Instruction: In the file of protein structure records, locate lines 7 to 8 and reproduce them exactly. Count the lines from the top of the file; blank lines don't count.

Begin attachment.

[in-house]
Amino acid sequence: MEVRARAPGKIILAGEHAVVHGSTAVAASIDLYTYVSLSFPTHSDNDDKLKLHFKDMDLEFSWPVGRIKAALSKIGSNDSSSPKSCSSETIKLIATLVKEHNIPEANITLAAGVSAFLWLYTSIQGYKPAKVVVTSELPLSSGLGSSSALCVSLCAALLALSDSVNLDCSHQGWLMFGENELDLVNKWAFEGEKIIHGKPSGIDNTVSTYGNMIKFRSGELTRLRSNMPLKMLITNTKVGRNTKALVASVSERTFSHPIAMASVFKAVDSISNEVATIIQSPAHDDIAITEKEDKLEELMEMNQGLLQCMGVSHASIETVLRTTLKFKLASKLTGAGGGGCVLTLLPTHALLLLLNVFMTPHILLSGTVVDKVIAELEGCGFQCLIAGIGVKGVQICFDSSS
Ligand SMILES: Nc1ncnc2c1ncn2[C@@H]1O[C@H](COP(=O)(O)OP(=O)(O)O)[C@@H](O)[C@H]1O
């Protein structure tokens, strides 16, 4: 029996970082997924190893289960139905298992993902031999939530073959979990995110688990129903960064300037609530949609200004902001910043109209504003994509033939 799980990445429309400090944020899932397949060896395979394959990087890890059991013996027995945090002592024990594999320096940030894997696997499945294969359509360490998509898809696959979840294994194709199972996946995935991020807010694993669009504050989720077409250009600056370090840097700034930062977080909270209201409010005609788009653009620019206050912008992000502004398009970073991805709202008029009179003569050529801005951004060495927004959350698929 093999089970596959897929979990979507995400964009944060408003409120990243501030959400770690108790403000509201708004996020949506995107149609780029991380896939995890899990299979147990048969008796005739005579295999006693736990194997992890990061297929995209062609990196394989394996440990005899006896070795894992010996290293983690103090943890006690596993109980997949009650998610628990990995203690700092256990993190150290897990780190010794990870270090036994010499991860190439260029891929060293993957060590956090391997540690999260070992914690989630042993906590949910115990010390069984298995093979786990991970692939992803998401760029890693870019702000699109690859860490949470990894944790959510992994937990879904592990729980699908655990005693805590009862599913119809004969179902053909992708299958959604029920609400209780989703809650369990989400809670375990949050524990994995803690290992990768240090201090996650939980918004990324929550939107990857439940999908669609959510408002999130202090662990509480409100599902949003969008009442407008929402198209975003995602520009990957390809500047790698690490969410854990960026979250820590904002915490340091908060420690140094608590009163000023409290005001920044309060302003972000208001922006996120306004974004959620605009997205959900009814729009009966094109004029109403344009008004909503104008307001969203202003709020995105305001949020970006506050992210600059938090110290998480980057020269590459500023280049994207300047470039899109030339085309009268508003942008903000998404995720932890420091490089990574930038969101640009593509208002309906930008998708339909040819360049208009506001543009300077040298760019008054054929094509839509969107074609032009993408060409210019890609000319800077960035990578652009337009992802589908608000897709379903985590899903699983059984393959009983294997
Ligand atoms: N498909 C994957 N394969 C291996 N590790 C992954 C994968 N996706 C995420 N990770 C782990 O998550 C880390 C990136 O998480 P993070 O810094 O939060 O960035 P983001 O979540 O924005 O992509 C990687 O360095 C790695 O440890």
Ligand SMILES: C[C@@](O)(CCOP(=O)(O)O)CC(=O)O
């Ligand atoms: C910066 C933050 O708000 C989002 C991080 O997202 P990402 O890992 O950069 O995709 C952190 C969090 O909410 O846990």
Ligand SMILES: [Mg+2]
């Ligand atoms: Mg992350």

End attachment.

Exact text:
């Ligand atoms: C910066 C933050 O708000 C989002 C991080 O997202 P990402 O890992 O950069 O995709 C952190 C969090 O909410 O846990």
Ligand SMILES: [Mg+2]